Press release | 15.6.2017
Venice/Munich, 15 June 2017 - Infectious diseases such as diphtheria, bacterial meningitis and whooping cough have essentially been eradicated in the developed world, thanks to a new generation of vaccines invented by Rino Rappuoli (65). Over the course of a research career spanning more than 40 years, the Italian microbiologist from the town of Siena has pioneered numerous life-saving immunisations and advanced laboratory techniques for their manufacture. His patented inventions are administered to millions worldwide in routine vaccination programmes. For this accomplishment, the European Patent Office (EPO) honoured Rappuoli with the 2017 European Inventor Award in the "Lifetime Achievement" category, one of five award categories, at a ceremony held today in Venice.
"Rino Rappuoli's innovative vaccinations and techniques have made the world a safer place," said EPO President Benoît Battistelli. "His genomics-based vaccines have saved millions of lives around the world. They have vanquished several diseases and created a new school of vaccine design."
The award ceremony at the Arsenale di Venezia was attended by some 600 guests from the areas of politics, business, intellectual property and science, and opened by the EPO President together with Carlo Calenda, Italy's Minister of Economic Development.
The award, now in its 12th year, is presented annually by the EPO to distinguish outstanding inventors from Europe and around the world who have made an exceptional contribution to social development, technological progress and economic growth. The winners were chosen by an independent international jury from a pool of more than 450 individuals and teams of inventors put forward for this year's award.
In the 1990s Rappuoli and his team completely changed the way vaccines were developed.
Before his inventions, vaccine design had followed a blueprint established by French microbiologist Louis Pasteur in the 1880s: doctors inject patients with "weakened" versions of infectious organisms, allowing the immune system to prepare a defence. However, the immune system is "blind" to many infections such as the bacteria behind meningitis - a serious illness affecting the brain. Changing the paradigm, Rappuoli applied genetic engineering to create hybrids between bacterial DNA and proteins to attract the immune system's attention. It was a watershed. When the first "conjugate vaccine" against whooping cough became standard in Italy in 1993, the disease was eradicated within two years. The same happened when Rappuoli's meningitis C vaccine, for which he tapped genome pioneer Craig Venter to DNA-sequence bacteria, became part of the UK's immunisation scheme. The underlying process of "reverse vaccinology" forever changed vaccination design. "Vaccines are now no longer based on grown agents, but are designed on the computer using genomics," says Rappuoli. He made history by developing and patenting the first-ever vaccines for each strand of meningococcal meningitis - namely A, B, C, Y and W-135 - that have been approved world-wide.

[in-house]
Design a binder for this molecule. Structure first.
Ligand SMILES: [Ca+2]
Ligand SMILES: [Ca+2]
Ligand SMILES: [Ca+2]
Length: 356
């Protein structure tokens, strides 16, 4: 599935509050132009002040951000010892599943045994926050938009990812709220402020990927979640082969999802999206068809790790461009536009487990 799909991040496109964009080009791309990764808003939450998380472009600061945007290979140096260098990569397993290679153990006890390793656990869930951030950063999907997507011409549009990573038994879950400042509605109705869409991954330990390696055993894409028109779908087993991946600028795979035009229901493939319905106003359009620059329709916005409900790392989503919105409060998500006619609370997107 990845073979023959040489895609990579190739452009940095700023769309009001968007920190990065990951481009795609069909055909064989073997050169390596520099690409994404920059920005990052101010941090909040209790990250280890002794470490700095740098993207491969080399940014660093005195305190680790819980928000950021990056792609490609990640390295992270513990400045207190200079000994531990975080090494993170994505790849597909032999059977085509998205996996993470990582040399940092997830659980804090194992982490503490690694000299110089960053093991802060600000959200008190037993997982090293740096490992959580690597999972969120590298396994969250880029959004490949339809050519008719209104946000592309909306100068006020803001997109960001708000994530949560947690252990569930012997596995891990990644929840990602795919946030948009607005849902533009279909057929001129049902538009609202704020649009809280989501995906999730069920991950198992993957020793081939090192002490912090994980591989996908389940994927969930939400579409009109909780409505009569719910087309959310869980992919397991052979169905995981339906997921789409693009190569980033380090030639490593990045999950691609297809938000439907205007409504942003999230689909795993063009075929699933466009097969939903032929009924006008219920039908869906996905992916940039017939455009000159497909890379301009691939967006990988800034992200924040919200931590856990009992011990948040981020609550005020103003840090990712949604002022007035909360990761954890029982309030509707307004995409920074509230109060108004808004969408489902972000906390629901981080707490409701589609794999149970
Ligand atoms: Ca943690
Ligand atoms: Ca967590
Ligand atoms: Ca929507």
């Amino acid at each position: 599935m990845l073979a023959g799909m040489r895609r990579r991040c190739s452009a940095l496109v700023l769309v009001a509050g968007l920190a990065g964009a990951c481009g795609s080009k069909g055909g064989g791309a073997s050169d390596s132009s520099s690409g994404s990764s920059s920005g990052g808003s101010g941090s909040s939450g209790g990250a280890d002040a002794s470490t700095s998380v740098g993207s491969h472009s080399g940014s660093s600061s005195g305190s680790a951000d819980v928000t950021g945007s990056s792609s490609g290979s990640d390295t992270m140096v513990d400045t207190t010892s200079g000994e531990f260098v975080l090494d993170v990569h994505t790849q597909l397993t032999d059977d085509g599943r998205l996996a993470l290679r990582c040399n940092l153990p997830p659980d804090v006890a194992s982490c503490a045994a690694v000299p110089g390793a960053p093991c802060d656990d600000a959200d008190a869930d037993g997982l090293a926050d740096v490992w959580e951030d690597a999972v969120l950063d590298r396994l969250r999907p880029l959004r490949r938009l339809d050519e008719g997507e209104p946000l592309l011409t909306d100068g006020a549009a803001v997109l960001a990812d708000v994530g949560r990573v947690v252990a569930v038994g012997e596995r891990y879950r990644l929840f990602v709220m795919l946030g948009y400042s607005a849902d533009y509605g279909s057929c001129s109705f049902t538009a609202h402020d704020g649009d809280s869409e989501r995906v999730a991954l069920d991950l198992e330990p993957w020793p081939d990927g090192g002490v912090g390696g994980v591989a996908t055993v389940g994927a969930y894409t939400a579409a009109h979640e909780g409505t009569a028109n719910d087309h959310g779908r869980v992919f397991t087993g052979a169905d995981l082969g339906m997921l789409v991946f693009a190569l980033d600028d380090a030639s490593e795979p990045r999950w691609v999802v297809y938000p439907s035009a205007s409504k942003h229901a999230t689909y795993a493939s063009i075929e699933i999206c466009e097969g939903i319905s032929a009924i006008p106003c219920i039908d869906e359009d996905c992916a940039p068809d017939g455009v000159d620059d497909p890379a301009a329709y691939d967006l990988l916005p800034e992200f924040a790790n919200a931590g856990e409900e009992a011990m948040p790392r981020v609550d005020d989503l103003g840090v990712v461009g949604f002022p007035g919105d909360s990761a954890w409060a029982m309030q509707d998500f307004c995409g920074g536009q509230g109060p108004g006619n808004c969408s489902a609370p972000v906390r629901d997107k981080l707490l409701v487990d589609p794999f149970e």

Rappuoli's life's work has enabled him to leave a mark. "I spent most of my life working in company-owned research institutes, because there you can go beyond the paper and translate your discovery into real products that can have an impact on people," he says. Patented inventions such as his anti-meningitis B vaccine Bexsero are used worldwide, generating annual sales of approximately EUR 465 million for its license holders. Their underlying laboratory techniques, for which Rappuoli holds around 150 granted and pending European patent families, have also unlocked new fields of scientific development. Meanwhile, Rappuoli has also set up a global health institute devoted to developing vaccines for which there is no market, but for which there is a huge medical need in low-income countries. Through the institute, the patents, know-how and technology can be made available free-of-charge: "With vaccines, life expectancy can be increased and the gap between rich and poor reduced," he says.
One of the most influential careers in microbiology was inspired by the devastating effects of pandemic infections. The unfinished cathedral wall in his native Siena - a remnant of the year 1348, when the "Black Death" ravaged the city - set Rappuoli on his course: "Such a thing should never happen again, so I decided to devote my entire life to the development of vaccines." Over the years, Rappuoli's contributions have been recognised with the highest honours in the field of medicine, including the Italian Gold Medal for Public Healthcare. But his work is never finished. As the Chief Scientist at global pharmaceutical manufacturer GlaxoSmithKline (GSK) Vaccines, Rappuoli is preparing vaccines against Respiratory Syncytial virus, Cytomegalovirus and other potentially devastating infections: "I believe there is no better job in the world," the microbiologist says.
Note to editors: availability of AV and photo materials on 15 June 2017
Director External Communication